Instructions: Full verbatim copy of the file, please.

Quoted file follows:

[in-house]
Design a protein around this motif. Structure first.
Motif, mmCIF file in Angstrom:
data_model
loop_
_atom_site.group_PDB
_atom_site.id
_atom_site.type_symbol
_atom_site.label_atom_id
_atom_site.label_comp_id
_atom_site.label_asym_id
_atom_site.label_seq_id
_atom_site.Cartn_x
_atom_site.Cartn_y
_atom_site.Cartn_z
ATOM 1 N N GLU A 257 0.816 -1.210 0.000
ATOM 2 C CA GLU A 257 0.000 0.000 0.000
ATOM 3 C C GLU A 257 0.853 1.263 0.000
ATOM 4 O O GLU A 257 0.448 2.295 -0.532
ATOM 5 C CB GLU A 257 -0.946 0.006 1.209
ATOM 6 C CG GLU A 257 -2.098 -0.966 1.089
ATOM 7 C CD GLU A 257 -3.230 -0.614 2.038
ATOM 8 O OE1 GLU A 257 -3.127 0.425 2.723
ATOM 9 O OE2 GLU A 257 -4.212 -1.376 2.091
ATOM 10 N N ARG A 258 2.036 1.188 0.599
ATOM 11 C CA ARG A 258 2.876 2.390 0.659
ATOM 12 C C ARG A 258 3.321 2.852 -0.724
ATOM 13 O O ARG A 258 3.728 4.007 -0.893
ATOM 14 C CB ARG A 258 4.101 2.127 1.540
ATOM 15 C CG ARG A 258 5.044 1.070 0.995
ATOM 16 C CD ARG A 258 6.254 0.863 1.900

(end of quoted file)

[in-house]
Design a protein around this motif. Structure first.
Motif, mmCIF file in Angstrom:
data_model
loop_
_atom_site.group_PDB
_atom_site.id
_atom_site.type_symbol
_atom_site.label_atom_id
_atom_site.label_comp_id
_atom_site.label_asym_id
_atom_site.label_seq_id
_atom_site.Cartn_x
_atom_site.Cartn_y
_atom_site.Cartn_z
ATOM 1 N N GLU A 257 0.816 -1.210 0.000
ATOM 2 C CA GLU A 257 0.000 0.000 0.000
ATOM 3 C C GLU A 257 0.853 1.263 0.000
ATOM 4 O O GLU A 257 0.448 2.295 -0.532
ATOM 5 C CB GLU A 257 -0.946 0.006 1.209
ATOM 6 C CG GLU A 257 -2.098 -0.966 1.089
ATOM 7 C CD GLU A 257 -3.230 -0.614 2.038
ATOM 8 O OE1 GLU A 257 -3.127 0.425 2.723
ATOM 9 O OE2 GLU A 257 -4.212 -1.376 2.091
ATOM 10 N N ARG A 258 2.036 1.188 0.599
ATOM 11 C CA ARG A 258 2.876 2.390 0.659
ATOM 12 C C ARG A 258 3.321 2.852 -0.724
ATOM 13 O O ARG A 258 3.728 4.007 -0.893
ATOM 14 C CB ARG A 258 4.101 2.127 1.540
ATOM 15 C CG ARG A 258 5.044 1.070 0.995
ATOM 16 C CD ARG A 258 6.254 0.863 1.900